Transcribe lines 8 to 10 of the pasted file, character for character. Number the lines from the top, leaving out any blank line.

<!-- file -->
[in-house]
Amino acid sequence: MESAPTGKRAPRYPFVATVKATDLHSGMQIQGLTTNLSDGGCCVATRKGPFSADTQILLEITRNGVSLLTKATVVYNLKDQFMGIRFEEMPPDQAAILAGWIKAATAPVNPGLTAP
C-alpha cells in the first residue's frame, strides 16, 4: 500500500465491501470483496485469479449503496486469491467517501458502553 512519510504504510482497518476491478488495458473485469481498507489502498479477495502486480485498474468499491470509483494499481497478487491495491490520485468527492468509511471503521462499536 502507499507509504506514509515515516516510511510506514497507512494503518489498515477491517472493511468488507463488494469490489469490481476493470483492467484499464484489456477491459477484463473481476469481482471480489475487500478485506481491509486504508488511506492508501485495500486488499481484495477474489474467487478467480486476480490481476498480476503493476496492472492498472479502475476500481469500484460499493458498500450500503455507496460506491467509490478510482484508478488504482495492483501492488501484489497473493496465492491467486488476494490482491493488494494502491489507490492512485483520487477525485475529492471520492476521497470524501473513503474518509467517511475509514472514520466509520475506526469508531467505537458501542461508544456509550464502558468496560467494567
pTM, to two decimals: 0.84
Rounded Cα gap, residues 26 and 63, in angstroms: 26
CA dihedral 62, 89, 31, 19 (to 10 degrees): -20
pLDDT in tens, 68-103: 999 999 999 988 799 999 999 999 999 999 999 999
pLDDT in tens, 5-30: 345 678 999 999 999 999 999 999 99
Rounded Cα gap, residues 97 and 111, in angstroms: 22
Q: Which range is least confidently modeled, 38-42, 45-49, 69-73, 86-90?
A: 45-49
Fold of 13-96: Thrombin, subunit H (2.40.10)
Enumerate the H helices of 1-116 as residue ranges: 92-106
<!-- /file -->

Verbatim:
pLDDT in tens, 5-30: 345 678 999 999 999 999 999 999 99
Rounded Cα gap, residues 97 and 111, in angstroms: 22
Q: Which range is least confidently modeled, 38-42, 45-49, 69-73, 86-90?